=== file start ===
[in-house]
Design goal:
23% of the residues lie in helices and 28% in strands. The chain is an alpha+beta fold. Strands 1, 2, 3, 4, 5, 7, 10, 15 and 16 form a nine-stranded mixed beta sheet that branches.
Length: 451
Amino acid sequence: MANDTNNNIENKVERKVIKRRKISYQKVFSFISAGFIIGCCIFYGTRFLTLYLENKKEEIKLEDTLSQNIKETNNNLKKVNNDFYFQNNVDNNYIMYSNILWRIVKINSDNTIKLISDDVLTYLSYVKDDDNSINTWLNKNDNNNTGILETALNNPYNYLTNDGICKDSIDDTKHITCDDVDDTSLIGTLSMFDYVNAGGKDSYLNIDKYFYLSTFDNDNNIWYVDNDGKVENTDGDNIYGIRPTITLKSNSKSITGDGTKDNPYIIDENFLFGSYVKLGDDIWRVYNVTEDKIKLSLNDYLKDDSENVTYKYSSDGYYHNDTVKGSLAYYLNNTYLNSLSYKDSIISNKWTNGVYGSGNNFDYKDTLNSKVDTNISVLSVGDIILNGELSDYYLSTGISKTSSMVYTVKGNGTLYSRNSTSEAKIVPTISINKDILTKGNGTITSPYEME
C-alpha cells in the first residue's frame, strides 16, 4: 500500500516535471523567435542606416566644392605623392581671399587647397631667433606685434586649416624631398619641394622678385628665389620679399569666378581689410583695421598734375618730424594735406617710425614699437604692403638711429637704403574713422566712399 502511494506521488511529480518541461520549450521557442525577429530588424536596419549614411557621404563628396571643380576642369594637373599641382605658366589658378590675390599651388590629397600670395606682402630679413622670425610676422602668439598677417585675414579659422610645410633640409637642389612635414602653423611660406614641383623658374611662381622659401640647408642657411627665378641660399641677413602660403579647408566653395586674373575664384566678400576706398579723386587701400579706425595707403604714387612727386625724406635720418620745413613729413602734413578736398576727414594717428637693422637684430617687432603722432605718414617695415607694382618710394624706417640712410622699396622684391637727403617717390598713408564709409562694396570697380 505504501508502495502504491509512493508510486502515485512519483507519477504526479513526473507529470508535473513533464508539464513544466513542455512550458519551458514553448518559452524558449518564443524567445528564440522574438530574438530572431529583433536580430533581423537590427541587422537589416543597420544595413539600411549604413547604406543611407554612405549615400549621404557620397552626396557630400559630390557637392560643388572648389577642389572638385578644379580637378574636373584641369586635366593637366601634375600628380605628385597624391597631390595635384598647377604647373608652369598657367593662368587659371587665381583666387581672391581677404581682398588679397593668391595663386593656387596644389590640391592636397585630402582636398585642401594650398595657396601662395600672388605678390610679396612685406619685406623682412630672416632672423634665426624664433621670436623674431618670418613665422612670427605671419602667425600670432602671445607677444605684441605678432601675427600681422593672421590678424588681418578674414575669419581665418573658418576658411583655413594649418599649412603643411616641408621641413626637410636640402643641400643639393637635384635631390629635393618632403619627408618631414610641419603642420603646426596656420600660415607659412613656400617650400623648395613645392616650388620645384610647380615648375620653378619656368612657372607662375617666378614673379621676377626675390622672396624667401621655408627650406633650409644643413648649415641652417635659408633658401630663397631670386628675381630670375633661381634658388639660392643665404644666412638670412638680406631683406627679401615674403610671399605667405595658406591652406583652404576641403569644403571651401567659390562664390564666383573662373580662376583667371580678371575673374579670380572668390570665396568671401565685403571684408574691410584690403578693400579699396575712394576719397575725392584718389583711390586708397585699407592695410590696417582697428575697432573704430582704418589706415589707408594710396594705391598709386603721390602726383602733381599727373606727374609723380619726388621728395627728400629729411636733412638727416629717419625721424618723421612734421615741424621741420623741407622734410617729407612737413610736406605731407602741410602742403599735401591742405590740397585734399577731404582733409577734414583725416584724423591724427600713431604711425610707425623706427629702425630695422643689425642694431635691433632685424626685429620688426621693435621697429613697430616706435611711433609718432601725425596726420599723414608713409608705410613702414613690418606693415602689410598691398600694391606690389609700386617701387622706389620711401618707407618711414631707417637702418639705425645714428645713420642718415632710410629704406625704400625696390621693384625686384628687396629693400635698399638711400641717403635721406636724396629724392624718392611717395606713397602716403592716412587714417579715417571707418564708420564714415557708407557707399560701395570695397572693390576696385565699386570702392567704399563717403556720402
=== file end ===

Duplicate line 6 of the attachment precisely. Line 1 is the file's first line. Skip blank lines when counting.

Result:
C-alpha cells in the first residue's frame, strides 16, 4: 500500500516535471523567435542606416566644392605623392581671399587647397631667433606685434586649416624631398619641394622678385628665389620679399569666378581689410583695421598734375618730424594735406617710425614699437604692403638711429637704403574713422566712399 502511494506521488511529480518541461520549450521557442525577429530588424536596419549614411557621404563628396571643380576642369594637373599641382605658366589658378590675390599651388590629397600670395606682402630679413622670425610676422602668439598677417585675414579659422610645410633640409637642389612635414602653423611660406614641383623658374611662381622659401640647408642657411627665378641660399641677413602660403579647408566653395586674373575664384566678400576706398579723386587701400579706425595707403604714387612727386625724406635720418620745413613729413602734413578736398576727414594717428637693422637684430617687432603722432605718414617695415607694382618710394624706417640712410622699396622684391637727403617717390598713408564709409562694396570697380 505504501508502495502504491509512493508510486502515485512519483507519477504526479513526473507529470508535473513533464508539464513544466513542455512550458519551458514553448518559452524558449518564443524567445528564440522574438530574438530572431529583433536580430533581423537590427541587422537589416543597420544595413539600411549604413547604406543611407554612405549615400549621404557620397552626396557630400559630390557637392560643388572648389577642389572638385578644379580637378574636373584641369586635366593637366601634375600628380605628385597624391597631390595635384598647377604647373608652369598657367593662368587659371587665381583666387581672391581677404581682398588679397593668391595663386593656387596644389590640391592636397585630402582636398585642401594650398595657396601662395600672388605678390610679396612685406619685406623682412630672416632672423634665426624664433621670436623674431618670418613665422612670427605671419602667425600670432602671445607677444605684441605678432601675427600681422593672421590678424588681418578674414575669419581665418573658418576658411583655413594649418599649412603643411616641408621641413626637410636640402643641400643639393637635384635631390629635393618632403619627408618631414610641419603642420603646426596656420600660415607659412613656400617650400623648395613645392616650388620645384610647380615648375620653378619656368612657372607662375617666378614673379621676377626675390622672396624667401621655408627650406633650409644643413648649415641652417635659408633658401630663397631670386628675381630670375633661381634658388639660392643665404644666412638670412638680406631683406627679401615674403610671399605667405595658406591652406583652404576641403569644403571651401567659390562664390564666383573662373580662376583667371580678371575673374579670380572668390570665396568671401565685403571684408574691410584690403578693400579699396575712394576719397575725392584718389583711390586708397585699407592695410590696417582697428575697432573704430582704418589706415589707408594710396594705391598709386603721390602726383602733381599727373606727374609723380619726388621728395627728400629729411636733412638727416629717419625721424618723421612734421615741424621741420623741407622734410617729407612737413610736406605731407602741410602742403599735401591742405590740397585734399577731404582733409577734414583725416584724423591724427600713431604711425610707425623706427629702425630695422643689425642694431635691433632685424626685429620688426621693435621697429613697430616706435611711433609718432601725425596726420599723414608713409608705410613702414613690418606693415602689410598691398600694391606690389609700386617701387622706389620711401618707407618711414631707417637702418639705425645714428645713420642718415632710410629704406625704400625696390621693384625686384628687396629693400635698399638711400641717403635721406636724396629724392624718392611717395606713397602716403592716412587714417579715417571707418564708420564714415557708407557707399560701395570695397572693390576696385565699386570702392567704399563717403556720402